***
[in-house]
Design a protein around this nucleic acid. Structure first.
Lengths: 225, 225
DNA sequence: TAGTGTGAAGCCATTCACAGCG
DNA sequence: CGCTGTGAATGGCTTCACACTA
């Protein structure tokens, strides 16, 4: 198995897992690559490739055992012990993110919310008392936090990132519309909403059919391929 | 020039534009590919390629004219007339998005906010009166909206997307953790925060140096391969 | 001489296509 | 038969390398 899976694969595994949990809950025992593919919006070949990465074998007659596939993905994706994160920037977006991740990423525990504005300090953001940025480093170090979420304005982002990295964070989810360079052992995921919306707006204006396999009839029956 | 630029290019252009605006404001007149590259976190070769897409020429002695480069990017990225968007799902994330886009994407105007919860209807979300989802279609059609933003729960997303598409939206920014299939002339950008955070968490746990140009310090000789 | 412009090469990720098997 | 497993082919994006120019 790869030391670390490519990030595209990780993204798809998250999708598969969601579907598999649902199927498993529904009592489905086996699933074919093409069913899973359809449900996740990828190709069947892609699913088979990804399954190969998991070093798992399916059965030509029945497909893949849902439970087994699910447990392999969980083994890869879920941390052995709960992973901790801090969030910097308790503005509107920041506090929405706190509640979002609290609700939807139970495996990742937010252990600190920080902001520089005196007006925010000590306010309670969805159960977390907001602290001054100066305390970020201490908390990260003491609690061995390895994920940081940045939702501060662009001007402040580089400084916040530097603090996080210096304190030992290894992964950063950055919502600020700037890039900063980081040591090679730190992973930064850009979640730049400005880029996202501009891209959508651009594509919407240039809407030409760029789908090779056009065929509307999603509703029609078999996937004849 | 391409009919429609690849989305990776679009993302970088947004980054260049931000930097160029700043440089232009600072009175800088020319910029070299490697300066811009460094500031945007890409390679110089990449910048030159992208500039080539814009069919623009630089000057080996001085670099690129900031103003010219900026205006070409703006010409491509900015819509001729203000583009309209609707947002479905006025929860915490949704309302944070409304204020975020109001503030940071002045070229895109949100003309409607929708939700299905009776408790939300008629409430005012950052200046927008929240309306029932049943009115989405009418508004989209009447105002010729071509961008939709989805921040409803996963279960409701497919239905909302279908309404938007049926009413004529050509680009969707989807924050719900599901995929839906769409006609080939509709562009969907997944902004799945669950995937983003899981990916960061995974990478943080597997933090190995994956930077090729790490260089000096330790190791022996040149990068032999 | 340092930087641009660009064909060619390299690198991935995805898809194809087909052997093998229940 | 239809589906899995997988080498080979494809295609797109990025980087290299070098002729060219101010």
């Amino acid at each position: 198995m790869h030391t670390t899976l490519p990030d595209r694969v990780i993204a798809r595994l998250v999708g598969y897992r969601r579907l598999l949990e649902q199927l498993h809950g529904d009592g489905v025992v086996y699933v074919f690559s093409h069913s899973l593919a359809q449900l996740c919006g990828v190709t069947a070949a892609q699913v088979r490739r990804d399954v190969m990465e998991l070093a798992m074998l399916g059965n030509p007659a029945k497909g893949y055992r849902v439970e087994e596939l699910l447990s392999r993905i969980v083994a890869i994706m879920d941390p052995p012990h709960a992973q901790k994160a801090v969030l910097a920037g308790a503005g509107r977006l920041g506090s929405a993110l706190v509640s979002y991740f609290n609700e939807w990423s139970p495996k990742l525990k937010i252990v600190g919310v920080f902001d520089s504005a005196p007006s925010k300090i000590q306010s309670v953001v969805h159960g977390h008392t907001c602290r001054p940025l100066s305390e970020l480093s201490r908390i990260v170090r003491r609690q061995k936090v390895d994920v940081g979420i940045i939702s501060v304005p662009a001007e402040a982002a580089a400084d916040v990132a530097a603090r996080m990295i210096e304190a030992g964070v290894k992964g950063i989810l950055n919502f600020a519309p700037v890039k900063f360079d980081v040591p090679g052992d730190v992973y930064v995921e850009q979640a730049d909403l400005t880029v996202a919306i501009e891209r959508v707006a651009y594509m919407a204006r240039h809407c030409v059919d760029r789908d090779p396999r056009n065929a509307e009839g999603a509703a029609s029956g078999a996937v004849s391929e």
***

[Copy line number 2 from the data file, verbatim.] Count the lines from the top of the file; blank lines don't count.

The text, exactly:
Design a protein around this nucleic acid. Structure first.